Giving to children
Photo: Klaas Lingbeek-van Kranen/iStockphoto
Look down. The fruits of child labor may well lie beneath your feet. Nearly 300,000 children, some as young as 4 years old, are used in India, Nepal, and Pakistan to weave handmade carpets for the U.S. and European markets. The children are often beaten and forced to work long hours with scant food—and girls are routinely recruited into the trade only to be sold into the sex industry a few years later.

The nonprofit group RugMark has already rescued more than 3,000 young laborers and is trying to do away with the worldwide market for rugs woven by children by inspecting factories and affixing special labels to rugs made without child labor. RugMark believes its approach, together with stepped-up law enforcement, is making a difference: Children now make up 1 to 3 percent of the Nepalese rug industry's labor force, down from some 11 percent in 1996.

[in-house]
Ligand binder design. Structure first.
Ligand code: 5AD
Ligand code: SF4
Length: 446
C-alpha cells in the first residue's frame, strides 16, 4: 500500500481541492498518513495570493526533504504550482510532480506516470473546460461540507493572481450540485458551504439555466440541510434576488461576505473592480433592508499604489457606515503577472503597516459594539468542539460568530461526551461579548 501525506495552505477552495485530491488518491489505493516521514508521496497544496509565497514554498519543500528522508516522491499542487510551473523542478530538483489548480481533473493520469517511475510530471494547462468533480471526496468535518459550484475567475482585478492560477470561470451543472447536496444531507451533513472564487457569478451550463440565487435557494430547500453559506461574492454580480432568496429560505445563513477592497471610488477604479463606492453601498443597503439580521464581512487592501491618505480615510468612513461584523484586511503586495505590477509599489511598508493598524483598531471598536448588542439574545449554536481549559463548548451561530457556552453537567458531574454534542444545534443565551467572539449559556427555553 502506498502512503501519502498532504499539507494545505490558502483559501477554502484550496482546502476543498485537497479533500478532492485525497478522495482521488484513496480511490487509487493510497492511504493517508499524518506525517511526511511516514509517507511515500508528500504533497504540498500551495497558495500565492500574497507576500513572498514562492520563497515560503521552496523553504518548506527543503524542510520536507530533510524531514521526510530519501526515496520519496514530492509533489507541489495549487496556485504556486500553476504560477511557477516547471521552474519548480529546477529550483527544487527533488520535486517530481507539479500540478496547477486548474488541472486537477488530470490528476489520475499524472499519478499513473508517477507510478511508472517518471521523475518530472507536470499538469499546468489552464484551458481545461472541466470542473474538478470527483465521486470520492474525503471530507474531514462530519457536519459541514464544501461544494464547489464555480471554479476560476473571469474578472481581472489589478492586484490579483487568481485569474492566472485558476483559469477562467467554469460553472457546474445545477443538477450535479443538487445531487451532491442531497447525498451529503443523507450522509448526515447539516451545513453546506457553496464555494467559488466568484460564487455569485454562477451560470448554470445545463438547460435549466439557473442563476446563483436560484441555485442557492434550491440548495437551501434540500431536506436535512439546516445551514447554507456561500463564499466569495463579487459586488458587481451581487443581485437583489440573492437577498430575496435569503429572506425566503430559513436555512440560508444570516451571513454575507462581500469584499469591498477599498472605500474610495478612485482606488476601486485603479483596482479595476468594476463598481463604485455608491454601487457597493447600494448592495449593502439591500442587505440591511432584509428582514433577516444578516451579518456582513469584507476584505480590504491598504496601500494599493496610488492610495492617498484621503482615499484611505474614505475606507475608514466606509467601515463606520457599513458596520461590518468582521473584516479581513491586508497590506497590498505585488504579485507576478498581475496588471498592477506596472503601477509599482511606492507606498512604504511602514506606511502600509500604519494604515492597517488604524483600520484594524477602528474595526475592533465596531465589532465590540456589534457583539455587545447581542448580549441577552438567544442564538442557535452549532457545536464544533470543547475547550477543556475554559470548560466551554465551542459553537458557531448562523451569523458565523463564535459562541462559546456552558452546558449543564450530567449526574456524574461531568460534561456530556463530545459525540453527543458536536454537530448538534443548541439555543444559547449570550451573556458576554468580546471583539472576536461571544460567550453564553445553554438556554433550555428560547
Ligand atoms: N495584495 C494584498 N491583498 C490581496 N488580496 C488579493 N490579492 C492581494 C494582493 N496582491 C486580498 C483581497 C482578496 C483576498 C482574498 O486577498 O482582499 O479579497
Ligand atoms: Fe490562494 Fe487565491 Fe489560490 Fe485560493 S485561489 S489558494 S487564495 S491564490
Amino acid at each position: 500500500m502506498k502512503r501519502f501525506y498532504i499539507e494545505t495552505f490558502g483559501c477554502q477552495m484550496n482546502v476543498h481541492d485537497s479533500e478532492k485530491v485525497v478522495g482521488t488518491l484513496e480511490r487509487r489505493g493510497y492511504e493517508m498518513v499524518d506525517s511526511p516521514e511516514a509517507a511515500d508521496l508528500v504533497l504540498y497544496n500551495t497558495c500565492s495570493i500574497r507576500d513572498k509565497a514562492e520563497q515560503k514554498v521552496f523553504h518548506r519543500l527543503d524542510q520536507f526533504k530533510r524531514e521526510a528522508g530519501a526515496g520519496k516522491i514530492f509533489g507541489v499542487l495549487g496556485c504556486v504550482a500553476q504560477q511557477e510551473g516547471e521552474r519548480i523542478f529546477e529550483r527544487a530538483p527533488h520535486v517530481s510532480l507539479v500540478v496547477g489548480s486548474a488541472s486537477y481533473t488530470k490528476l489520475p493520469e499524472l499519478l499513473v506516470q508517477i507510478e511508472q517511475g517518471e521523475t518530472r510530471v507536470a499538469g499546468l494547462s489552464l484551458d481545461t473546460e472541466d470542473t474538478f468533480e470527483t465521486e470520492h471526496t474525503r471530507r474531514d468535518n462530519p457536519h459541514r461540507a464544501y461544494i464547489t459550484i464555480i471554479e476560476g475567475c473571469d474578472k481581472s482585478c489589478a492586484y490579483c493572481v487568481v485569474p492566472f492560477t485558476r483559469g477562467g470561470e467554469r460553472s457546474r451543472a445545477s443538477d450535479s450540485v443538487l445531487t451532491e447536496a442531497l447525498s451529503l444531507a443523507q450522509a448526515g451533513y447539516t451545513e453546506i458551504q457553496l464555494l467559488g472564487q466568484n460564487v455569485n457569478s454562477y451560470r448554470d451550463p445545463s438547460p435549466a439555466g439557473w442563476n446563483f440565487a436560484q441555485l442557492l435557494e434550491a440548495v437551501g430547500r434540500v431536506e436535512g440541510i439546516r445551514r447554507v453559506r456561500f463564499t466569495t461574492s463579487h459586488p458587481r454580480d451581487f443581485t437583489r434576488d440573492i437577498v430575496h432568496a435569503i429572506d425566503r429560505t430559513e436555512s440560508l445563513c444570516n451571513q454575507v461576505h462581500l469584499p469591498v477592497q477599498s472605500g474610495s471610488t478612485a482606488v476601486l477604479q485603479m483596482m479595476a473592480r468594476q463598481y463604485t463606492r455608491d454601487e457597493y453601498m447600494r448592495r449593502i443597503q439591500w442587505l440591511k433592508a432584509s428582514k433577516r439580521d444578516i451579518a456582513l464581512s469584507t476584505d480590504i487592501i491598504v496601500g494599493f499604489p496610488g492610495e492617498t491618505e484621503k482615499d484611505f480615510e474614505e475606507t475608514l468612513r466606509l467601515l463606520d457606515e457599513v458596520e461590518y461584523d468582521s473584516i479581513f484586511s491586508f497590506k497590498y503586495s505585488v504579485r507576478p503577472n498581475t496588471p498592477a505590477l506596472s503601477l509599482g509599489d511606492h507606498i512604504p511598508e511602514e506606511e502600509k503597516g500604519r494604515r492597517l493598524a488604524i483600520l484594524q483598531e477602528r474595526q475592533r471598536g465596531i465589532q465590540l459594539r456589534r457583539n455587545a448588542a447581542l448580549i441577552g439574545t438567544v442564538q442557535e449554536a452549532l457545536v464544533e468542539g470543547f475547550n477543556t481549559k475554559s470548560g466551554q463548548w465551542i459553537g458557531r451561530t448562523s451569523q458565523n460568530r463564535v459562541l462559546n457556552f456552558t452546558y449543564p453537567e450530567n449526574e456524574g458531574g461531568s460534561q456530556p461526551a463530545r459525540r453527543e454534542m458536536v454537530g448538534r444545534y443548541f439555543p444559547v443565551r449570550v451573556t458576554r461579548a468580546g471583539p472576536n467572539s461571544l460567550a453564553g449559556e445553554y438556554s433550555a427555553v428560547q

Although RugMark rugs are available from more than 1,000 retailers (including Design Within Reach and Odegard), many of this country's largest home furnishings stores still have not joined the campaign. But right now, consumers and retailers have a chance to permanently alter the economics of child labor. RugMark-certified rugs currently account for just 2 percent of those sold in the United States; when that number hits 15 percent, RugMark predicts the market will reach a tipping point and rug producers will find that exploiting children doesn't pay.

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